Widely used pain killer linked to risk taking: ‘They just don’t feel as scared’
Acetaminophen, an over-the-counter medicine sold under brand names Tylenol and Panadol, may have unintended effects on users’ psychology
The most widely consumed pain reliever in the world inadvertently also reduces one’s sense of fear, according to one study.
Acetaminophen, or paracetamol, makes people take to risk more willingly, suggests the paper, published in the journal Oxford Academic .
“Acetaminophen seems to make people feel less negative emotion when they consider risky activities – they just don’t feel as scared,” explained Baldwin Way, co-author and associate professor of psychology at Ohio State University.
“With nearly 25 percent of the population in the U.S. taking acetaminophen each week, reduced risk perceptions and increased risk-taking could have important effects on society,” said Way.
Though its effect could be small, the study adds to a body of research that shows the analgesic, which is a main ingredient in 600 medicines and widely sold as over-the-counter medicine under brand names Tylenol and Panadol, may have unintended effects on people’s psychology. Past studies have linked acetaminophen to dulling the pain of social rejection , reducing empathy and blunting cognitive function .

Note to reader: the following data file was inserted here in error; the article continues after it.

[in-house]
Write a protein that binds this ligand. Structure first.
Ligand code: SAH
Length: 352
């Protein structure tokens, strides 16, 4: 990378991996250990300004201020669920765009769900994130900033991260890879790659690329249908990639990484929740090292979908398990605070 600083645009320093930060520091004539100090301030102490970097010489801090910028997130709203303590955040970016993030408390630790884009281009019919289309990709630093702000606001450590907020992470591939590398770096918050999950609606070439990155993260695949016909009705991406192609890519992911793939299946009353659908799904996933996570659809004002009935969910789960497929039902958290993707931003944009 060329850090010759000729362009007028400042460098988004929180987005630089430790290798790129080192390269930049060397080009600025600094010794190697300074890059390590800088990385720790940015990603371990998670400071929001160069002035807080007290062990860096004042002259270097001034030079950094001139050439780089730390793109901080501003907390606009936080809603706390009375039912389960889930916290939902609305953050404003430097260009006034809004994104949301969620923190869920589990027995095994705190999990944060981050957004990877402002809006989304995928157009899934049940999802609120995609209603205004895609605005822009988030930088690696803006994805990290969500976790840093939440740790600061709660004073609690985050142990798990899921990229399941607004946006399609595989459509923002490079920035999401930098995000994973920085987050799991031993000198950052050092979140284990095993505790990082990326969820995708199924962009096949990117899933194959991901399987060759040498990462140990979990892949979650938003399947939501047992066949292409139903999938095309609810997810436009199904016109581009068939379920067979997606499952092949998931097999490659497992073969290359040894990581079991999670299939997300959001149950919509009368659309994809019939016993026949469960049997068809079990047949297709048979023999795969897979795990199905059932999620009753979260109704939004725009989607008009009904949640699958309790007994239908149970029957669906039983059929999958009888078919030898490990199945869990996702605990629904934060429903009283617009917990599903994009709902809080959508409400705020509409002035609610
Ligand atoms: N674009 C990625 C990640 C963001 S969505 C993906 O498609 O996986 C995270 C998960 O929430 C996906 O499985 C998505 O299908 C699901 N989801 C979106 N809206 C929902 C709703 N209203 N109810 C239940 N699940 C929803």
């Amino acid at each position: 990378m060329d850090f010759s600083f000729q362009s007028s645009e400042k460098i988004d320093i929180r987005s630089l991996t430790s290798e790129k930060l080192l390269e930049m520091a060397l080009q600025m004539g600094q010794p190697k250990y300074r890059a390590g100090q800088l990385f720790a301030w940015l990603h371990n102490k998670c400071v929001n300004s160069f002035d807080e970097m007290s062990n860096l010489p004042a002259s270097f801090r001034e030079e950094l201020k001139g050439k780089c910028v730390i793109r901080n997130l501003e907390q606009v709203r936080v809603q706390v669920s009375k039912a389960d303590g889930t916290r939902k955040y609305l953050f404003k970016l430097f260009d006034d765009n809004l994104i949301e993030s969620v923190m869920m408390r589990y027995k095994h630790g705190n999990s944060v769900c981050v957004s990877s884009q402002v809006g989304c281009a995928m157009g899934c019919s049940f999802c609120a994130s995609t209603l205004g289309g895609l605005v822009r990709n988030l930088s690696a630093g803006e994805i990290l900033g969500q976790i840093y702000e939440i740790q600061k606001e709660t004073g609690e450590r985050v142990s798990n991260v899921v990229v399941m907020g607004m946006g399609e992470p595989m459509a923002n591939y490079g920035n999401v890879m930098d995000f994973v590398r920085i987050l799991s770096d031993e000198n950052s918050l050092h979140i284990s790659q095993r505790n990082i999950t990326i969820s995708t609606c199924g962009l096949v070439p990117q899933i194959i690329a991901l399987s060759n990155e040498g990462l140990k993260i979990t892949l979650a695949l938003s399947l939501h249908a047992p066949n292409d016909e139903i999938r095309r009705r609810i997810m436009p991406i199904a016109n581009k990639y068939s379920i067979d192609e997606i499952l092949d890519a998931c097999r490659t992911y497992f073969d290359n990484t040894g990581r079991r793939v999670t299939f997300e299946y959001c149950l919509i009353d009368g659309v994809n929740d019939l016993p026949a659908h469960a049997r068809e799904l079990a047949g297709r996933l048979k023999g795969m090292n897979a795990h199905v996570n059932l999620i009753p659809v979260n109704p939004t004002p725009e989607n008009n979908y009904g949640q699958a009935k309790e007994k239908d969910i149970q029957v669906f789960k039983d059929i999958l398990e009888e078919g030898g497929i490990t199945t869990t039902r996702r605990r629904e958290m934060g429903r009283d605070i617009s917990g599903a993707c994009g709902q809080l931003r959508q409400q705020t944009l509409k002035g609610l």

Way’s findings are drawn from a series of experiments with 500 participating university students who were randomly given a 1,000 mg dose of acetaminophen (a standard extra-strength dose for adults) to judge the evaluation of risk compared to the rest, who were given placebos.
During the experiments, participants clicked a button to inflate a virtual balloon on the computer screen, with each pump earning them imaginary money. The goal was to cash out with as much money as possible without popping the balloon. They could bank the money by clicking ‘collect’ and move on to the next balloon at any time.
The participants who took acetaminophen pumped (and burst) their balloons significantly more then the control group, the study concludes.
“If you’re risk-averse, you may pump a few times and then decide to cash out because you don’t want the balloon to burst and lose your money,” Way said. “But for those who are on acetaminophen, as the balloon gets bigger, we believe they have less anxiety and less negative emotion about how big the balloon is getting and the possibility of it bursting.”
In the second component of the experiment, participants answered a survey rating their perception of risk in a variety of scenarios, such as betting a day’s earnings on a poker game, bungee jumping off a tall bridge and driving a car without a seatbelt. The acetaminophen consumed appeared to cause a reduced perception of risk compared to the control in one survey, but the behavior wasn’t observed in a similar second survey.
When a combined average was taken, however, the authors found a significant link between taking acetaminophen and seeking more risk, even if the effect can be slight, says Science Alert.
The researchers say it is “imperative” to study acetaminophen’s effects on people’s choices. The implication for the millions who consume the over-the-counter drug in the regular gut-level assessment of risk in real life, such as while driving and deciding whether or not to receive a surgery, warrants further study, they write.